I finished a book over the weekend so I thought it worthwhile to get a March book report in.
Wildflowers of Texas by Michael Eason: Finally, a wildflower book for Texas that is a bit more comprehensive than what is currently out there. Texas is such a big state with many eco regions and each side of the opposite ends, north-south and east-west are such drastic differences in habitat. I read this one via Net Galley and loved it and knew it had to go on my purchase list—so I bought it this morning and it will arrive from Amazon on Wednesday! Not only will it be valuable for us to use at home and when we hike but it will definitely come in handy when identifying plants for field work. I saw several plants in there that I hadn’t been able to identify which really sealed the deal with wanting to purchase the book.
Crossing Open Ground by Barry Lopez: This was an easy audio book listen as it contained a series of essays written by the author over the course of a few decades. I had never heard of the author before but apparently he is a well known environmental essayist and fiction writer. The audio book was read by the author and he has a good, slow paced voice. I did not speed this audio up which worked well because it was just a series of essays and not a connected story so it didn’t feel like the pace dragged along. The essays cover different regions of the country, primarily the desert southwest and Alaska, but also at least one focusing on the eastern region of the US. As he talks about certain regions of the desert he mentions places talked about in Finding Everett Ruess and it took me back to that story. One story in particular talks about a scientific research study he was a part of in Alaska which required killing seals to find out their diet so that, ironically, they could be better protected. I will definitely seek out other works by Lopez in the future.
Delancey: A Man, a Woman, a Restaurant, a Marriage by Molly Wizenberg: If you’ve been around the internet since the early to mid 00’s you’ve probably read Molly’s Orangette at some point in time. And you may have even visited the namesake of the book, the Delancey pizza restaurant in Seattle. It was on my aspiration to-visit list when we were in Seattle in 2012 but we did not make it there. I abandoned this book. I was listening to it on audio and it just lagged. The story wasn’t intriguing and it felt self indulgent at times. Which was disappointing because I had high hopes for the book. Maybe some day I will pick it up as a paper book and try again.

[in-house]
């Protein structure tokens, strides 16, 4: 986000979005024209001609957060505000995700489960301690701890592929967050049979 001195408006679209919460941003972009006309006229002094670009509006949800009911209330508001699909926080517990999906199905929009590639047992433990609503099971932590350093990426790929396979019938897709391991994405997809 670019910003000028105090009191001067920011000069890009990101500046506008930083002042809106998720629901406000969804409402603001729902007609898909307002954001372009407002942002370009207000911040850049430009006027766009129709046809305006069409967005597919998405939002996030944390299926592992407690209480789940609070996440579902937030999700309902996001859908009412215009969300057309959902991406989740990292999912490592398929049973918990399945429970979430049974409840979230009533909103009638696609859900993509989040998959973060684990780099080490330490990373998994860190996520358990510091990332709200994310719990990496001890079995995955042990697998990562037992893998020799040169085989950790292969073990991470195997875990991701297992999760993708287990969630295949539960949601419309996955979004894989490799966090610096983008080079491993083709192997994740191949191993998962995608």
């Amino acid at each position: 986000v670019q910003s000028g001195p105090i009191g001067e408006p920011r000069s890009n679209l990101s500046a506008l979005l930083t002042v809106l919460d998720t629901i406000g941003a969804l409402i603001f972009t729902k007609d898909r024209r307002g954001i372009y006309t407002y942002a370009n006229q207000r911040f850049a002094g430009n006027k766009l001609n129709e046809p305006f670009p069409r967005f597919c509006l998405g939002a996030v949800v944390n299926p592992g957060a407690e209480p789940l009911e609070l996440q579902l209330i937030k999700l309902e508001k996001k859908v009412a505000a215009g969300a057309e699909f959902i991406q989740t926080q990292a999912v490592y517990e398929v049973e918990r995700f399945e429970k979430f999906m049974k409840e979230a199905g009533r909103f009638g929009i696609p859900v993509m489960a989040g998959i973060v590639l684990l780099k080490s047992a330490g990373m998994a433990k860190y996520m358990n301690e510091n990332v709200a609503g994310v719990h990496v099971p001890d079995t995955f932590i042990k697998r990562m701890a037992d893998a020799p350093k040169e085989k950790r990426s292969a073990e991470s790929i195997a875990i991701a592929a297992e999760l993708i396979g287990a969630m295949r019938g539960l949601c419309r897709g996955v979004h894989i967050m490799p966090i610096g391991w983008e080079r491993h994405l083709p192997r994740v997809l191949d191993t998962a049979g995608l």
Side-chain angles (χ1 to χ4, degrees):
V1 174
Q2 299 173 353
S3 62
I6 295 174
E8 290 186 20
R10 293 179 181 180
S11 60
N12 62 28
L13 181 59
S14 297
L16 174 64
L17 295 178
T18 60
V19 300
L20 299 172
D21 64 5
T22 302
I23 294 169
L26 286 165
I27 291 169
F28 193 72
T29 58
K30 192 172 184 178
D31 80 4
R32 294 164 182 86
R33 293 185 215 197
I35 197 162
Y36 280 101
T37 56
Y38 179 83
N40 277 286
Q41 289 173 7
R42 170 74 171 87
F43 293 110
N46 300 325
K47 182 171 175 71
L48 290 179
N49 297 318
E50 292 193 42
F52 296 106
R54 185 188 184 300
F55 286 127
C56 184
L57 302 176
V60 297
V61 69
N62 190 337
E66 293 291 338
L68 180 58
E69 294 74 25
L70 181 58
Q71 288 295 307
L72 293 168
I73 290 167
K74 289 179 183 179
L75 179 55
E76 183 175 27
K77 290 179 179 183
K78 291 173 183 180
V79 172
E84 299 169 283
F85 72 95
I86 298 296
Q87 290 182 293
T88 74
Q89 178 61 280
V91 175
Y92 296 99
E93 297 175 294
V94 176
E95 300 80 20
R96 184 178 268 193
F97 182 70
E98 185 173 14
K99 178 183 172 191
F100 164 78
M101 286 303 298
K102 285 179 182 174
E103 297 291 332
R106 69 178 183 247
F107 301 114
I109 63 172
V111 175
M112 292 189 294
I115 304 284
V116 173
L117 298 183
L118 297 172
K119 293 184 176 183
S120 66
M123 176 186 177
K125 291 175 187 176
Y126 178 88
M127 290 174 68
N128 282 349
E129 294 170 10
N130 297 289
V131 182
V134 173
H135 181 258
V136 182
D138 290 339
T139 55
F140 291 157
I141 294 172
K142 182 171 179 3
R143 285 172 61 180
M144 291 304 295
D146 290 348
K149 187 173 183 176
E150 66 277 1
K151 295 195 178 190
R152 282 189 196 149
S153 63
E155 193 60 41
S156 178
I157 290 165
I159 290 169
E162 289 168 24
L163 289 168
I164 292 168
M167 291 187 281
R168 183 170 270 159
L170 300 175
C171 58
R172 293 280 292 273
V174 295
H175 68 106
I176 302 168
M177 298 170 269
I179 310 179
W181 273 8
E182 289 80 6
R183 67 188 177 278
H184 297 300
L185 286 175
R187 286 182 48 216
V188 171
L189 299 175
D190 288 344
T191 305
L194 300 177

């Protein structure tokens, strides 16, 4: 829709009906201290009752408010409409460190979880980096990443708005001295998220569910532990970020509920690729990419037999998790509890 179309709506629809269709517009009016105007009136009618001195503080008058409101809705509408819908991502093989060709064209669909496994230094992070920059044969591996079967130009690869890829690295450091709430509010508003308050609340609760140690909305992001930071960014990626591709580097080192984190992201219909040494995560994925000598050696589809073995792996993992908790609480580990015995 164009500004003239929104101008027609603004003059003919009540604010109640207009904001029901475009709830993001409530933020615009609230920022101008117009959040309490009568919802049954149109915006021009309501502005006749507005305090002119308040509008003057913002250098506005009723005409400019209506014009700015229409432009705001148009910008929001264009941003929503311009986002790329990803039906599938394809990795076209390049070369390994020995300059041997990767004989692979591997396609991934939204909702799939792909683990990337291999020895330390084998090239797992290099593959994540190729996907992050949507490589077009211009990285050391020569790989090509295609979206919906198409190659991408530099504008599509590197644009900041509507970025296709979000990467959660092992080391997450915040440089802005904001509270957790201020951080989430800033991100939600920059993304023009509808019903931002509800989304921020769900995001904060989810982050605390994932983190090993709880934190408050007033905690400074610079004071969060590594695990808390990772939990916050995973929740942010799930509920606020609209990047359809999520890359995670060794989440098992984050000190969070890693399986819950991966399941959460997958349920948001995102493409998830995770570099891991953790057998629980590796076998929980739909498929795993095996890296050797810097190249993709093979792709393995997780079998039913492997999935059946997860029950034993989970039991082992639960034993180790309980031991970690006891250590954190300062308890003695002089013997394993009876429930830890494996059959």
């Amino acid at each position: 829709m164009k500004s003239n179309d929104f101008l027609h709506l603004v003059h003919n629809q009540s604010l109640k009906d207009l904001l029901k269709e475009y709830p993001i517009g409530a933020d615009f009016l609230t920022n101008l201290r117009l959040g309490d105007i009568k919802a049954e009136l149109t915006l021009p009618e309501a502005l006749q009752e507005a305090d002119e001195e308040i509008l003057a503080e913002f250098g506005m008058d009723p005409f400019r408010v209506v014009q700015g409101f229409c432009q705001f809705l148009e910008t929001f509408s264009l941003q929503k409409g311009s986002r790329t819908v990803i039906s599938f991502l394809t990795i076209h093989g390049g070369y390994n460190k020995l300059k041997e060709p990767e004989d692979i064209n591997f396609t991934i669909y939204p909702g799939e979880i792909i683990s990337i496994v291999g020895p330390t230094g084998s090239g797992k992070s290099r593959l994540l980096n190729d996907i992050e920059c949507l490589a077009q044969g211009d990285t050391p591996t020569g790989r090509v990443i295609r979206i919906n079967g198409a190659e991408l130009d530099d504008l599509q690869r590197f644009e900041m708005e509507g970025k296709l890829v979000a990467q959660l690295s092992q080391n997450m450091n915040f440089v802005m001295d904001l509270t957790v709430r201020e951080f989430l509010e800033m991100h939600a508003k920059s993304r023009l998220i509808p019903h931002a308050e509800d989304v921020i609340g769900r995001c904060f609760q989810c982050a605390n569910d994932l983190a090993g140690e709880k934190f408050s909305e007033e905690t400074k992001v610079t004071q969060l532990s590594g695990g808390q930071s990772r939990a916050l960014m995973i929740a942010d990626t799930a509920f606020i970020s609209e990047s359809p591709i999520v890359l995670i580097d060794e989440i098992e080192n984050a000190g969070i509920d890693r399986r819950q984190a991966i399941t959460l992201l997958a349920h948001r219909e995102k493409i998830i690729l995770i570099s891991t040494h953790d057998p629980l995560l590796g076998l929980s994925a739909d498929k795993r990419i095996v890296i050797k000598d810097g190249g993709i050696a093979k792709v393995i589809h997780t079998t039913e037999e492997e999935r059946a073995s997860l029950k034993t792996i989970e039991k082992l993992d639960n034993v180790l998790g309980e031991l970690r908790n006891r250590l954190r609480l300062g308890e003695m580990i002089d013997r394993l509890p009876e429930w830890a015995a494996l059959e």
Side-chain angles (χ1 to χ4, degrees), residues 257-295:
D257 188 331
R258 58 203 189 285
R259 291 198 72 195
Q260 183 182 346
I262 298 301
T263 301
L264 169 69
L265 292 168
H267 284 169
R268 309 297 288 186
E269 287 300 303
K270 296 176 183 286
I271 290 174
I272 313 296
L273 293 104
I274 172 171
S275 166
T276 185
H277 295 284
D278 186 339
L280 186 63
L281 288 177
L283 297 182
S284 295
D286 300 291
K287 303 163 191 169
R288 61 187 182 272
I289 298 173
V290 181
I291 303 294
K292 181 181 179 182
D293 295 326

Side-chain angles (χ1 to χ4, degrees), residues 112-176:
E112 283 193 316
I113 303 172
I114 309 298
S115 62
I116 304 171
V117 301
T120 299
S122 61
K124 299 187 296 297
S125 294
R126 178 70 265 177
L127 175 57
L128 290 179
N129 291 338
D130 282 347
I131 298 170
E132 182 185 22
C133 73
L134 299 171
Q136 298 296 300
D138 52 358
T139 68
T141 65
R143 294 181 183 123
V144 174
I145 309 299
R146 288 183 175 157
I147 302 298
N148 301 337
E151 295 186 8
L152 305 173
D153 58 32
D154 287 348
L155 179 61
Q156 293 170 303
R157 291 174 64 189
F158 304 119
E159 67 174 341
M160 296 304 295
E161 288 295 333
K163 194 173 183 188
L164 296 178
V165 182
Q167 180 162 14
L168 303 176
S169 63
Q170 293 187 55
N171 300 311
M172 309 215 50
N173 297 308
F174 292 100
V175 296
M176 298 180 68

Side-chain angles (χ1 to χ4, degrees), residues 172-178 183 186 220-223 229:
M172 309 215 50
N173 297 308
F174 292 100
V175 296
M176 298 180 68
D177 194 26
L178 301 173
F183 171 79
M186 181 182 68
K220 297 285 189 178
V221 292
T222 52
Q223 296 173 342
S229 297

The Landscapes of Anne of Green Gables by Catherine Reid: Another Net Galley read, this book is actually why I signed up for Net Galley. I saw it on Goodreads and almost had a fit because, hello, Anne of Green Gables! I *had* to read it! Being as I read this digitally, I could tell in the PDF version I read that the paper copy of this was going to be delectable! The art and photography in the book is spectacular and really enticed me to get up to PEI some day….not that it wasn’t already on my places to travel. The author works to weave in the differences and similarities between LMM and Anne’s landscapes in relation to PEI, how Maud concocted a mix of real-life places to represent some of the places that show up in Anne’s world. It also made me realize I need to get back and re-read her journals and the books themselves. It’s a gorgeous book and I can’t wait to check it out in print!
The Plant Messiah: Adventures in Search of the World’s Rarest Species by Carlos Magdelena: I devoured this book over the weekend—it was instantly captivating! Magdelena, a horticulturist at Kew in England begins the book by documenting his early days in Spain of being interested in plants. He also covered some of the recent history of the destruction of Spain’s natural resources around the time of Franco and how that has impacted species diversity in his own country. At Kew he becomes a sort of plant propagation specialist and later becomes known as a ‘plant messiah’ because of his ability to germinate and propagate species on the brink, so close to extinction that without help from humans they would cease to exist. He covers trips to the Mascarene Islands, South America, and Australia and all it made me do is want to go travel and look at plants! The book reminded me a lot about Florida’s own work to track down extirpated and potentially extinct species as well as the reintroduction of some of those species to south Florida that is already occurring. And of course it reminded me of when Chris found a thought to be extirpated orchid, the Cyclopogon elatus back in 2009. So far this is going down as one of my favorite books of the year! This was also a Net Galley book.
What are you reading? I’m currently excited about Jennifer Pharr Davis and Scott Jurek’s books which are due out soon!